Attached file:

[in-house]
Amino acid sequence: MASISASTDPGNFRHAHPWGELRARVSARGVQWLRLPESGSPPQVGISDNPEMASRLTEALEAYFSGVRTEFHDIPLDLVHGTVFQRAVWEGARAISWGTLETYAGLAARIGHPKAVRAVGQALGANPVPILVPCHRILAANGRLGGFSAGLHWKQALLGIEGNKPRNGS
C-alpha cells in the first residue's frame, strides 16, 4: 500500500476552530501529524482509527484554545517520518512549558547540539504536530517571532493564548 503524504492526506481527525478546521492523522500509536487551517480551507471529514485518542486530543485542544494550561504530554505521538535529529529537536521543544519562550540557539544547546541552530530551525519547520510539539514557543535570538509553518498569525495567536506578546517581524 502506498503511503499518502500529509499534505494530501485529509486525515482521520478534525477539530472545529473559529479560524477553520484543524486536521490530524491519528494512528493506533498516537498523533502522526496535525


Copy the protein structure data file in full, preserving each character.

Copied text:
[in-house]
Amino acid sequence: MASISASTDPGNFRHAHPWGELRARVSARGVQWLRLPESGSPPQVGISDNPEMASRLTEALEAYFSGVRTEFHDIPLDLVHGTVFQRAVWEGARAISWGTLETYAGLAARIGHPKAVRAVGQALGANPVPILVPCHRILAANGRLGGFSAGLHWKQALLGIEGNKPRNGS
C-alpha cells in the first residue's frame, strides 16, 4: 500500500476552530501529524482509527484554545517520518512549558547540539504536530517571532493564548 503524504492526506481527525478546521492523522500509536487551517480551507471529514485518542486530543485542544494550561504530554505521538535529529529537536521543544519562550540557539544547546541552530530551525519547520510539539514557543535570538509553518498569525495567536506578546517581524 502506498503511503499518502500529509499534505494530501485529509486525515482521520478534525477539530472545529473559529479560524477553520484543524486536521490530524491519528494512528493506533498516537498523533502522526496535525